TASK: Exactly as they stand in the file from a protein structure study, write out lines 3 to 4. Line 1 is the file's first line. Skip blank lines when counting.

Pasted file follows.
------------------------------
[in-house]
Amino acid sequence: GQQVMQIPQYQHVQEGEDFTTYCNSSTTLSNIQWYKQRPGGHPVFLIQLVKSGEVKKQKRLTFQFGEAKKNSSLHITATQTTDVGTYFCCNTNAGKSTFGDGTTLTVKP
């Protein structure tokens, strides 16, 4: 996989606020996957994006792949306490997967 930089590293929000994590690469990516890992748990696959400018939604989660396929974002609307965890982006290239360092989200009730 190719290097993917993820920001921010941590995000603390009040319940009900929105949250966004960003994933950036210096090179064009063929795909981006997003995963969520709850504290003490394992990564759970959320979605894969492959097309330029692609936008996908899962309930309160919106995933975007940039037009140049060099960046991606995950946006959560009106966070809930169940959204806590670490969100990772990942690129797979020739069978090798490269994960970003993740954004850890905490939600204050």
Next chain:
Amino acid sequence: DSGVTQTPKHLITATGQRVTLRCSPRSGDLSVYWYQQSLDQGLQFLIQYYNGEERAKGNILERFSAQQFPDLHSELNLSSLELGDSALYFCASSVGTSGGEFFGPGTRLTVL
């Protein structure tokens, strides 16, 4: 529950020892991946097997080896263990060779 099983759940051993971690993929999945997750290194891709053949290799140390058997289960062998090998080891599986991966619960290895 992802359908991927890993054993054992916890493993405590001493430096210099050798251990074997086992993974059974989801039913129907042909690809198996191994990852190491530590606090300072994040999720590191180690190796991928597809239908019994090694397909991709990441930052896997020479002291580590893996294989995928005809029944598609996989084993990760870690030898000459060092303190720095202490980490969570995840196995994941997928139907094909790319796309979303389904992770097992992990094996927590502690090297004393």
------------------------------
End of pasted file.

């Protein structure tokens, strides 16, 4: 996989606020996957994006792949306490997967 930089590293929000994590690469990516890992748990696959400018939604989660396929974002609307965890982006290239360092989200009730 190719290097993917993820920001921010941590995000603390009040319940009900929105949250966004960003994933950036210096090179064009063929795909981006997003995963969520709850504290003490394992990564759970959320979605894969492959097309330029692609936008996908899962309930309160919106995933975007940039037009140049060099960046991606995950946006959560009106966070809930169940959204806590670490969100990772990942690129797979020739069978090798490269994960970003993740954004850890905490939600204050």
Next chain: